Betacicadae – Mouna


Mouna

Betacicadae is probably not a name you will easily remember.
It concatenates Beta (“obsolete magnetic tape, a second version, something lowly“) with Cicada (“strange and humble insect that emanates beautiful sound”).
And: it is the artist alias of Kevin Scott Davis.

Mouna – available on CD, clear white vinyl, or as a digital download – is not easy to describe, since it contains many different styles.
Still it manages to present a coherent, “narrative” sound. I found myself returning to it and playing it over and over again – which is ususally a sign of something special going on…

‘It is a cohesive whole that employs a broad spectrum of textures and extends far beyond formula like “drone” or “field recordings”. The sounds absorb, project, embrace, and comfort the listener in imaginary geography—surreal, dreamlike spaces beween earth and otherworldliness.”

Mouna“, by the way, is explained as “practice of silence, wish, revelation” and indeed that is what the album transcends.
The album has an almost ‘post-rockish’ dynamic range, from calm and quiet to ecstatic and noisy, and some sudden mood switches. But in the end, all tracks perfectly fit together.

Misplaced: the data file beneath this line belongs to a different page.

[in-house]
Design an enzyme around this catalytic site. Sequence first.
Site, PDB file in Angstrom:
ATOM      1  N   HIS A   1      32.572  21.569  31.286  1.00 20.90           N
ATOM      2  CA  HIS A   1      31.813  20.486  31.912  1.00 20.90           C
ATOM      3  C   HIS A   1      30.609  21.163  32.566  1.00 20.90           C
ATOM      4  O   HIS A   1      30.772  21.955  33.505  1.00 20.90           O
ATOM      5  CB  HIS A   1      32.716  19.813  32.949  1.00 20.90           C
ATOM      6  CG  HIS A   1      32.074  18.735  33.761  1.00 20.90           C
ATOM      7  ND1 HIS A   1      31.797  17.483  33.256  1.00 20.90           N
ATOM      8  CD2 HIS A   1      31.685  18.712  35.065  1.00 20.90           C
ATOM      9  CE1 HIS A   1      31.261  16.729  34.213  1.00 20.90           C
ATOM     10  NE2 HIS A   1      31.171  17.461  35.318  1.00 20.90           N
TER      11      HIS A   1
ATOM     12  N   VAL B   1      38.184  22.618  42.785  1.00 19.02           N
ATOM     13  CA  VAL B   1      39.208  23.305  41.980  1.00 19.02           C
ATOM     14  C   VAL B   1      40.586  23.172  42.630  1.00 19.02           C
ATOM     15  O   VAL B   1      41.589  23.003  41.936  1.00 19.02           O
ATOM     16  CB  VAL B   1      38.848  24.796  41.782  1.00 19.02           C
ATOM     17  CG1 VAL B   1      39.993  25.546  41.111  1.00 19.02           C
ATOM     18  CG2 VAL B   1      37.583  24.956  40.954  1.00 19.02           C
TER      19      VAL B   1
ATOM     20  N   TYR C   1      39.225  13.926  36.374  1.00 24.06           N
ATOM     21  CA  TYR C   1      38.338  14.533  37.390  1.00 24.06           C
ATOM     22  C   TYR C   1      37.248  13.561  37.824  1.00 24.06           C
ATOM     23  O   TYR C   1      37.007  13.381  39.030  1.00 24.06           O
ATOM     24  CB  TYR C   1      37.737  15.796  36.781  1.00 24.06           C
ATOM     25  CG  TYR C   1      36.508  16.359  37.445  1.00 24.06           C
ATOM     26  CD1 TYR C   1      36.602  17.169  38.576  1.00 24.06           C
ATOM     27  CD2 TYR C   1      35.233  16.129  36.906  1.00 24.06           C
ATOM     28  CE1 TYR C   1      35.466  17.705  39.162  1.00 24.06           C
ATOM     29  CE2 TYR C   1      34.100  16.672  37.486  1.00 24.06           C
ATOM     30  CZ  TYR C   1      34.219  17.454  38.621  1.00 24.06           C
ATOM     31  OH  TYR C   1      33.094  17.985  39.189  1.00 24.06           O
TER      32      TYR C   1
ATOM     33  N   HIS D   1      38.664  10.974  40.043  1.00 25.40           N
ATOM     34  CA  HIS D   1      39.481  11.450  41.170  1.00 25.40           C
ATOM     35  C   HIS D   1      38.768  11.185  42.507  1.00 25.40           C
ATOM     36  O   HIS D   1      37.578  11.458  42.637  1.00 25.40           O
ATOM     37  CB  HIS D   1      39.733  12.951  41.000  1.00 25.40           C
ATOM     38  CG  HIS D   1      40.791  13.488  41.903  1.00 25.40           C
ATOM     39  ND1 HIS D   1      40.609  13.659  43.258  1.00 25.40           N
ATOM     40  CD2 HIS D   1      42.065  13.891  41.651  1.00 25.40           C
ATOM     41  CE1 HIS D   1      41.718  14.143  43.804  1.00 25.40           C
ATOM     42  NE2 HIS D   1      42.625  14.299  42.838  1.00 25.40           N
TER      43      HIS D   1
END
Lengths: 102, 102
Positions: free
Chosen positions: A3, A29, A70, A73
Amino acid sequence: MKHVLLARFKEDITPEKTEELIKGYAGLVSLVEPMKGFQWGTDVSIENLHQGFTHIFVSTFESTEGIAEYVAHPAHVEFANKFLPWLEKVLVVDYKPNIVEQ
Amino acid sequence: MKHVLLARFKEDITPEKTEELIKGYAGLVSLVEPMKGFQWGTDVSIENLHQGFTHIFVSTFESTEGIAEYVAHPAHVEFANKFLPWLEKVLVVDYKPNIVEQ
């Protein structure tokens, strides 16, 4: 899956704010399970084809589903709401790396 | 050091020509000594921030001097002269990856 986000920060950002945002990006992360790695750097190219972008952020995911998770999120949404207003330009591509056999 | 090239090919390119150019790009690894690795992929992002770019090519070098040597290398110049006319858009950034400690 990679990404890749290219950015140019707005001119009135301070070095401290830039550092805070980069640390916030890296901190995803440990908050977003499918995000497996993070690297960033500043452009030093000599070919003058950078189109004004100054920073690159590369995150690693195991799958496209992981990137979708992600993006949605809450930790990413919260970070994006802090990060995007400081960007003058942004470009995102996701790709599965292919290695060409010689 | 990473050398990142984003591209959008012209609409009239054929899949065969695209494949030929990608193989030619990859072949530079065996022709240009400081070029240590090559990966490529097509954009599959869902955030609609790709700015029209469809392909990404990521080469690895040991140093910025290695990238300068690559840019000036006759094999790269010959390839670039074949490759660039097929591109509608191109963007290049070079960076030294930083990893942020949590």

The composition of all tracks originated from field recordings (“A farm in Oregon, a rainforest in Hawaii”) which were then layered with the sounds of many different instruments. Kevin Scott Davis plays all instruments (field recordings, guitar, flute, vibraphone, harp, violin, percussion, synthesizers, and of course a lot of effects and digital processing) himself, with the exception of the bright voice of Helen Funston that adds an extra dimension to the closing track called “Telerehabilitation”.
This track is a fitting end to this fascinating psycho-acoustic journey: ‘strange and humble’ and ’emanating beautiful sounds” indeed.


BETACICADAE – PIRENE

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